VID joins kombi chase madness

The Zimbabwe Vehicle Inspection Department has joined the Harare Central District kombi chase, putting pedestrians’ lives in danger.

Traffic crackdowns worsen road chaos.
Traffic crackdowns worsen road chaos.

VID inspectors in recovery and vehicle tow-away trucks give chase to ‘Mushikashika’ (unlicensed taxis) and kombis, commuter omnibuses suspected to be transporting people without proper documentation and vehicle fitness.

Unlike both the municipal and Zimbabwe Republic Police, the VID was spotted hitting the ‘Mushikashika’ with their trucks, damaging the targeting vehicles while endangering passengers’ lives.

No comment

Directors at the VID and Minister for Transport, Obert Mpofu, refused to give clear comments as they all said it was the responsibility of the other to give an interview.

“The VID has an operational duty to clear roads of defective and vehicles ferrying passengers without certificate of fitness,” said Mpofu.

He referred other questions regarding the safeness of the operation to pedestrians to directors at VID. The VID, Mpofu said, has directors who should respond to issues to do with their operations unless they become policy matters.

Joseph Pedzapasi, VID chief inspector, who recently appeared before the Parliamentary Committee on Transport and Infrastructural Development to respond give causes of road accidents, told The Zimbabwean that he had no authority to comment on the ongoing VID kombi chase.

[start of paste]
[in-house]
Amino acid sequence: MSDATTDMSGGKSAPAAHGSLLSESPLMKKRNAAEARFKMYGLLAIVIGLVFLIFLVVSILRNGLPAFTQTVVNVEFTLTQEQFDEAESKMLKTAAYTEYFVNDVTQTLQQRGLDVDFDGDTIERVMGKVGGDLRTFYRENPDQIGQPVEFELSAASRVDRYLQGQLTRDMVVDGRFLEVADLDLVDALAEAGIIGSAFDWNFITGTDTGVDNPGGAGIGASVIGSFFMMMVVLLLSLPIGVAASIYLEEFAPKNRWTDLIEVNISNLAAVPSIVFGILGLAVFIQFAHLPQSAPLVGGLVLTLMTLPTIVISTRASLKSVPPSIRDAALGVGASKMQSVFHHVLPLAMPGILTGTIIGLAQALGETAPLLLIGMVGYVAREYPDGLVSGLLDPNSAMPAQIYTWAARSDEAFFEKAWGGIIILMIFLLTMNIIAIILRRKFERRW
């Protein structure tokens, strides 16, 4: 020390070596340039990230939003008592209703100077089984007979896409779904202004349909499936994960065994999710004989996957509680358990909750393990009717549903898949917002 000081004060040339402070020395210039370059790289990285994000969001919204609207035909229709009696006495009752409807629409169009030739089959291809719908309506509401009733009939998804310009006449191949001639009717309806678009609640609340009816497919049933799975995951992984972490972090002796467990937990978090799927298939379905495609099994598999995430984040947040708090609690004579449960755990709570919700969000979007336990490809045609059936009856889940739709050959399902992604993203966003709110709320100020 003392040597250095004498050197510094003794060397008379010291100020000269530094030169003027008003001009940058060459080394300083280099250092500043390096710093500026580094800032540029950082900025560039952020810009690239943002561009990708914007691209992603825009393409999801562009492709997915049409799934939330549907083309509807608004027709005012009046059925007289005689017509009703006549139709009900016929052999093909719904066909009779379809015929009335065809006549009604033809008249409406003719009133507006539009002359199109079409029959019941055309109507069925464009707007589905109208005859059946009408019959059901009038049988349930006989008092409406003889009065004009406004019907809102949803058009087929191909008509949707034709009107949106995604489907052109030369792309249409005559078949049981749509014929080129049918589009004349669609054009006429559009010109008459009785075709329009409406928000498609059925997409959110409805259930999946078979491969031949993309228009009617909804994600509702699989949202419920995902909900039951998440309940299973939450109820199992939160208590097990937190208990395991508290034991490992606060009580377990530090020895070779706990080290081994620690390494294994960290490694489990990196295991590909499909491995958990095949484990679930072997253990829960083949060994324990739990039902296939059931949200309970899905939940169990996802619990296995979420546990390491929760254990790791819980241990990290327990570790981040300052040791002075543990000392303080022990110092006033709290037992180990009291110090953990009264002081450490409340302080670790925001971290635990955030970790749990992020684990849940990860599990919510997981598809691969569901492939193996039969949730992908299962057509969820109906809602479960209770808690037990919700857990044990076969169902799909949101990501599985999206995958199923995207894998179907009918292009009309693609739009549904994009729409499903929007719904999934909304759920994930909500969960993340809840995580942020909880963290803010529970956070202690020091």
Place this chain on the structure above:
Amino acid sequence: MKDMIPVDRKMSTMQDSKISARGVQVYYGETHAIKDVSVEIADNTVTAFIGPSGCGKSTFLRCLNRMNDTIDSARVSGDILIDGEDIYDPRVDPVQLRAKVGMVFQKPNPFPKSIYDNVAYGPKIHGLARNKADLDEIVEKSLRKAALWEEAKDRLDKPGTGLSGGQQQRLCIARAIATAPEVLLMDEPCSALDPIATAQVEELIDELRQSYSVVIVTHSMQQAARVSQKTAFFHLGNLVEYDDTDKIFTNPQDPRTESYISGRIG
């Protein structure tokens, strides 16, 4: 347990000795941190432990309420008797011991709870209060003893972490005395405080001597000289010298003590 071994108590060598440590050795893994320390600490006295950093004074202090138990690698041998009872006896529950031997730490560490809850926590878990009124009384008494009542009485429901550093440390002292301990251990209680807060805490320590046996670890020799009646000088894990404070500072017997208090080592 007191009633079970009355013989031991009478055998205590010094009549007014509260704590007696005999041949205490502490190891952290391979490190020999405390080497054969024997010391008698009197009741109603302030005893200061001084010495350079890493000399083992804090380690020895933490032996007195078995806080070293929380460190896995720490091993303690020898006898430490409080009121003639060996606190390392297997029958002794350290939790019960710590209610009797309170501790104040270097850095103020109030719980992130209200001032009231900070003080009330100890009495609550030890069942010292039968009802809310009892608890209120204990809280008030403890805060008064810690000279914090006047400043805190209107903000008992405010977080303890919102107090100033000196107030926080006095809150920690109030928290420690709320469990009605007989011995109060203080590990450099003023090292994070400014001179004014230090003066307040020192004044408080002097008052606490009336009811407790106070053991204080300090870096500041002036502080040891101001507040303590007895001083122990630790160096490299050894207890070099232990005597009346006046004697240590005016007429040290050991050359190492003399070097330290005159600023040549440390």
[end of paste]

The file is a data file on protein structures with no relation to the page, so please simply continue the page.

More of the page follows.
“The best person to respond to your questions would be the permanent secretary and other higher offices. My office is too junior for that,” said Pedzapasi, hinting that VID had a constitutional interest to find out if public transport and other vehicles were fit to ferry passengers.


People in Harare said the VID operation was welcome, but expressed reservations that it was executed in a more dangerous manner by both the ZRP and Municipal police.

“Imagine VID vehicles deliberately crashing into kombis and unlicensed taxis ferrying innocent passengers. Honestly, government and its relevant arms should devise safer methods to tame the traffic jungle in the CBD,” said a resident who chose to be identified as John from Ruwa.

Many CBDs have turned into death traps for pedestrians as the law enforcement agencies continue engaging in cat and mouse games with illegal public transporters.

On August 22 last year, Tsitsi Rwodzi with a child strapped on the back, was knocked dead by a commuter omnibus, Toyota Hiace registration number ACE 0689 along Robson Manyika Road.

In December 2013, a war veteran, Raphael Mbanje from Tafara, was hit and killed by a commuter omnibus whose driver was fleeing from police in Harare at the corner of Chinhoyi and Bank Street.

In another horrific police kombi chase, a young boy was knocked dead by a kombi at Harare’s Copacabana Bus Terminus in April this year. The driver was fleeing from police.

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